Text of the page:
"There are among us many loose writings predicting the calamities which are about to overtake us. Some of these have been publicized as though they were necessary to wake up the world to the horrors about to overtake us. Many of these are from sources upon which there cannot be unquestioned reliance. We need no such publications to be forewarned, if we were only conversant with what the scriptures have already spoken to us in plainness." - President Harold B. Lee
There has been a lot of buzz lately among certain members of The Church of Jesus Christ of Latter-day Saints about a strange book that was published not too long ago, a book that recounts one man's out of body experiences and his visions of apocalyptic events. The book itself is quite fascinating, but the most curious thing about the book might be how it has been received. I have spoken with those who come close to esteeming Visions of Glory as another volume of scripture, and with others who consider it to be a dangerous tool of deception. My first inclination was to ignore the book, since those who were eager to present it to me seemed to be lacking in judgment, but then I stumbled across an article in Meridian Magazine that, for all intents and purposes, excoriated the book. Naturally, this further piqued my curiosity.
The reports that I received of this book came from three main sources: 1. eccentric individuals who had read the book and considered it to be a sacred new record, 2. less eccentric individuals who had read the book and considered it to be misleading, and 3. even less eccentric individuals who had not read the book, but who did not need to read it in order to have a negative opinion of it. None of these sources seemed right to me, so I decided to go directly to the original source to find out for myself.
Fortunately the FAIR Mormon website contains a much more exhaustive review of John Pontius' controversial book. I admit that I was less troubled by the eccentric individuals who revere the book as scripture, and even less troubled by the fantastic claims made in the book itself, than by those who discouraged a reading of Visions of Glory altogether. Although I wouldn't necessarily recommend this book to others, I certainly hope that the average member of The Church of Jesus Christ of Latter-day Saints is intelligent and perceptive enough to discern between truth and error, and to judge for himself or herself if there is anything of value to be drawn from it.
While translating the Old Testament, the Prophet Joseph Smith arrived at the portion of ancient writings called The Apocrypha, and he inquired of the Lord what was to be done. The Lord revealed to Joseph Smith that it was not needful to translate The Apocrypha, but that those who were enlightened by the gift of the Holy Ghost could obtain benefit therefrom. Visions of Glory is not the same as The Apocrypha, but at least those who are enlightened by the gift of the Holy Ghost won't be deceived by anything it contains, nor will they be intimidated by the varying reports of the book. The Book of Mormon clearly teaches that "by the power of the Holy Ghost ye may know the truth of all things." (Moroni 10:5) Think of that. The truth of all things.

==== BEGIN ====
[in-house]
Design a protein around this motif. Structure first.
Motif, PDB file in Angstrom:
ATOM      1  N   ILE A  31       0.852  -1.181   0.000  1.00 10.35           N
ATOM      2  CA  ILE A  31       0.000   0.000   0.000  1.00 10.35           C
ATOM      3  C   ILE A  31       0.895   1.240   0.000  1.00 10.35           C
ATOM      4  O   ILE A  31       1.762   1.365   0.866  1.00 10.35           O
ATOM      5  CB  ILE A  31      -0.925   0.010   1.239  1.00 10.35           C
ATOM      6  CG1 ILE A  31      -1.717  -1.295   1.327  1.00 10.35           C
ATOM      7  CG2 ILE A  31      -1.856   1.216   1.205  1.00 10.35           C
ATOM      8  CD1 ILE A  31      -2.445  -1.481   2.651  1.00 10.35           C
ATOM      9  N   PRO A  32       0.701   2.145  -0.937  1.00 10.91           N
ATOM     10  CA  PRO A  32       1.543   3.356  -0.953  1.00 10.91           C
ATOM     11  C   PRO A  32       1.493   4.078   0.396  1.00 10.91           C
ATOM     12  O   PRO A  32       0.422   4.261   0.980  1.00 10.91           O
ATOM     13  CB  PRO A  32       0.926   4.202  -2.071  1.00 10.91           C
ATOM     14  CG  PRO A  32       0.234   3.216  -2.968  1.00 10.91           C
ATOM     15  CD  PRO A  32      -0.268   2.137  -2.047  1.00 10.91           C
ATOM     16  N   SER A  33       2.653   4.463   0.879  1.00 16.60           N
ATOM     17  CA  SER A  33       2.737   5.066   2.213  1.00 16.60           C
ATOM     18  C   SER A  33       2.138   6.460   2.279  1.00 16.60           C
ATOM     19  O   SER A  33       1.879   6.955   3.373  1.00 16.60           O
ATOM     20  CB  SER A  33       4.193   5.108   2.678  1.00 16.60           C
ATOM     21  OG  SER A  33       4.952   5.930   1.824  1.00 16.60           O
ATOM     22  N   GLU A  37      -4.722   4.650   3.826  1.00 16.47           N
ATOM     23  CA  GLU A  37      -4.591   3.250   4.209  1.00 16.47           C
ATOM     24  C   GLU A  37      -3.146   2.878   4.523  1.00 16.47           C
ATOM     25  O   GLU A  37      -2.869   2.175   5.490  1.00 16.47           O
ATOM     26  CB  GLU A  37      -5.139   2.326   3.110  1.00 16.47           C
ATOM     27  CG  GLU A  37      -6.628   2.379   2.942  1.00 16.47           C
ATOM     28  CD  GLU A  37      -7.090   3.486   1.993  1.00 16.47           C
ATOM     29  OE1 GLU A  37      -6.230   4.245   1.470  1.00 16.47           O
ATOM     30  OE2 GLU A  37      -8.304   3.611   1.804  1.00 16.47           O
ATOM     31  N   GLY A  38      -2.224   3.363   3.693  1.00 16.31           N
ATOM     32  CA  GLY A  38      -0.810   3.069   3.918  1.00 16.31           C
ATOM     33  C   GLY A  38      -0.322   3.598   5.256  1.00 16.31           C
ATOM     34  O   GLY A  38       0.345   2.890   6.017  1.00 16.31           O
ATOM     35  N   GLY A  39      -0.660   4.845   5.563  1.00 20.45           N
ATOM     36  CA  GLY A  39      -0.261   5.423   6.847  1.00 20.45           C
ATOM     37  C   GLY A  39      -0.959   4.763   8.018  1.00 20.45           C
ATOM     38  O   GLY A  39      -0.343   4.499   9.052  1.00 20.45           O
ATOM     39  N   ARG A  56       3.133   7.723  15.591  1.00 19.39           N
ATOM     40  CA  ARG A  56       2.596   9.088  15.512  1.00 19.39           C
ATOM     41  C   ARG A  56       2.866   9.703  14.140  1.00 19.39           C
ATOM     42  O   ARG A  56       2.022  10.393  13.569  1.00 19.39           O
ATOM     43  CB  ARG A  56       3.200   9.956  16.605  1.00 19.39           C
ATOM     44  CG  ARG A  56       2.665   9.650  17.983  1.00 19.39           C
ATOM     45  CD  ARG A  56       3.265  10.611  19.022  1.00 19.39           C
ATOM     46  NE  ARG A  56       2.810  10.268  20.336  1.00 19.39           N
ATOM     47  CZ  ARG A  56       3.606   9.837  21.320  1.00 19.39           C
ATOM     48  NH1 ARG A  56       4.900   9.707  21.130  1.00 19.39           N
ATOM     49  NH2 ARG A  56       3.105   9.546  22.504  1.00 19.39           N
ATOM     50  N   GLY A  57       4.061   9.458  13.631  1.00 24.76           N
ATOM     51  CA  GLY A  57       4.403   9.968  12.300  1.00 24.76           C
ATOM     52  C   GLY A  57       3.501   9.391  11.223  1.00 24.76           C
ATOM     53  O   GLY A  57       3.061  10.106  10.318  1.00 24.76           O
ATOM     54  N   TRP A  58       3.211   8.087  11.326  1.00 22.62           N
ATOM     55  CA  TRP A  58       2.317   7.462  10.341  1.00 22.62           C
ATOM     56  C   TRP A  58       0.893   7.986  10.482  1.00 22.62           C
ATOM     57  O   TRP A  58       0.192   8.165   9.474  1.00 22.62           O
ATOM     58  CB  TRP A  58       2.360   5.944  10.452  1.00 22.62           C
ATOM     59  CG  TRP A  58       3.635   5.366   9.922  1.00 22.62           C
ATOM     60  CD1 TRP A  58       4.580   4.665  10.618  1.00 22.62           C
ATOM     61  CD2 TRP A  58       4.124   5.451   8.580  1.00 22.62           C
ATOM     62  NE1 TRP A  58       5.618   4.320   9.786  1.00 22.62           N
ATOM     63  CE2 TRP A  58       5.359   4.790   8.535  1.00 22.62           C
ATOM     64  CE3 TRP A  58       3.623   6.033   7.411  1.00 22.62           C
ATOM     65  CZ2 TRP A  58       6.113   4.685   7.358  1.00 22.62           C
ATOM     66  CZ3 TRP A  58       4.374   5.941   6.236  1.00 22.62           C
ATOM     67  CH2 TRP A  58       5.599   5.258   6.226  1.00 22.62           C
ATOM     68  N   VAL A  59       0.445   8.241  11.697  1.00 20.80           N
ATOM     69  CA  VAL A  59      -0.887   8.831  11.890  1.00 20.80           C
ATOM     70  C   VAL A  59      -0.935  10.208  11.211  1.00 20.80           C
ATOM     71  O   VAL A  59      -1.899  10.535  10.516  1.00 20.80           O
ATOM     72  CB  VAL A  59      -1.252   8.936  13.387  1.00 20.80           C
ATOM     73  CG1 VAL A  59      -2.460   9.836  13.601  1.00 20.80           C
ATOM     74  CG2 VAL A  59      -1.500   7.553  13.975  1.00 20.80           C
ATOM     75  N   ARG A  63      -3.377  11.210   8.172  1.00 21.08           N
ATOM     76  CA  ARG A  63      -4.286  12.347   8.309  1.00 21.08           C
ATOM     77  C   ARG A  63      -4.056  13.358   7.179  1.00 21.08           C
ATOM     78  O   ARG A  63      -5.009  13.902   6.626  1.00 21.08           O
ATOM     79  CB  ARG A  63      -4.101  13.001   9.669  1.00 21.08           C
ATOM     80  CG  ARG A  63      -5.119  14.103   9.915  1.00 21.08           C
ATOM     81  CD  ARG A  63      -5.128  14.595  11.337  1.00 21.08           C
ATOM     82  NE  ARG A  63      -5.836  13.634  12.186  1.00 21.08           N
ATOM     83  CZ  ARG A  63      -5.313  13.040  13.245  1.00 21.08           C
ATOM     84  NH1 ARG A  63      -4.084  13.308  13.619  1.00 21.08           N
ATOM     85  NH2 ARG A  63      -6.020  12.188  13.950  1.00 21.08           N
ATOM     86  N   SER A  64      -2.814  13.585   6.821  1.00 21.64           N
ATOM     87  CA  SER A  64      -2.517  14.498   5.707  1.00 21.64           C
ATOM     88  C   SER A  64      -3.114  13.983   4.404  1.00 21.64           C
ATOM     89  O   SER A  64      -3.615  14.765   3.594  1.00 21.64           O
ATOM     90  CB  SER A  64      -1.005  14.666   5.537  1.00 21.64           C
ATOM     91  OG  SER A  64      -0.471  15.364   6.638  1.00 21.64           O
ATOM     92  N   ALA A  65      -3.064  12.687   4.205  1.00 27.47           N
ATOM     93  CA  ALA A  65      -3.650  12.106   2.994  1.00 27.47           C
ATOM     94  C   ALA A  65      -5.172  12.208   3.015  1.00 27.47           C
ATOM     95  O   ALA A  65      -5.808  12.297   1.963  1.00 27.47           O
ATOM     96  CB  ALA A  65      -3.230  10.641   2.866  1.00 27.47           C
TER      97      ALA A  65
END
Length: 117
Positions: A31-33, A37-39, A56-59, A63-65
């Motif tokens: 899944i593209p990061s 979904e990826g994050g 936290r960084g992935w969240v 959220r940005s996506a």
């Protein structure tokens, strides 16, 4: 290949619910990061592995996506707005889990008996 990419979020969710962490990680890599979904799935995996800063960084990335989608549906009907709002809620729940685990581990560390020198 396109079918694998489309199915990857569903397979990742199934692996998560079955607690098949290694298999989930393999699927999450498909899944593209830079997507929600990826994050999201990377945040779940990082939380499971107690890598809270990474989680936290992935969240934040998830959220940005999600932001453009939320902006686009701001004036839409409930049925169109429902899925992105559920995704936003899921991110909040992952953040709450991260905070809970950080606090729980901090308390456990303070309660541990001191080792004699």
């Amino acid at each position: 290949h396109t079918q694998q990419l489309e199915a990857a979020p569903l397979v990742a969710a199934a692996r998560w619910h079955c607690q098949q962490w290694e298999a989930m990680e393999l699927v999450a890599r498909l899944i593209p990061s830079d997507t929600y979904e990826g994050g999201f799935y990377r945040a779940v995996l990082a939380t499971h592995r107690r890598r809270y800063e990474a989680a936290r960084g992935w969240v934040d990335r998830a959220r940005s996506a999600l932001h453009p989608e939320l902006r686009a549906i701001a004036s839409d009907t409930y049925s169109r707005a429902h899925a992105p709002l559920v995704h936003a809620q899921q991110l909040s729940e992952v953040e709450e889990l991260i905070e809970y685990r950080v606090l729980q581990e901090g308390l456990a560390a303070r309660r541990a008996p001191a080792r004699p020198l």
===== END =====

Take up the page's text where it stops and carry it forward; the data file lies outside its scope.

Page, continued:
Of course Jesus Christ is "the way, the truth, and the life." But such understanding does not release us from the duty of seeking out truth where ever it may be found. Elder Orson F. Whitney, an early apostle of The Church of Jesus Christ of Latter-day Saints was fond of repeating the couplet: "Truth is truth where'er 'tis found / On Christian or on heathen ground." "Mormonism is truth," declared the Prophet Joseph Smith, "The first and fundamental principle of our holy religion is, that we believe that we have a right to embrace all, and every item of truth, without limitation or … being … prohibited by the creeds or superstitious notions of men."
With an understanding that Jesus Christ is the Truth, and that the gift of the Holy Ghost as manifest through the teachings of his prophets and apostles, both ancient and modern, constitutes the bedrock of truth, it is not difficult to discern that which may be of value in John Pontius' Visions of Glory. I particularly enjoyed the first portion of the book, as well as the peculiarly descriptive details throughout the book. There were many thought provoking passages, especially in the beginning of the book, but I found that the author's increasingly dizzying and questionable depictions of the last days actually made the simple, correct doctrine of the Standard Works and the living prophets all the more appealing.
In sum, Pontius' stories of glory should be neither feared nor revered. And should any of us be granted our own true visions of glory, I hope that we will have the good sense to keep such things sacred. As the Prophet Joseph Smith once taught:
"The reason we do not have secrets of the Lord revealed unto us is because we do not keep them but reveal them; We do not keep our own secrets, but reveal our difficulties to the world, even to our enemies, then how would we keep the secrets of the Lord? I can keep a secret till Doomsday."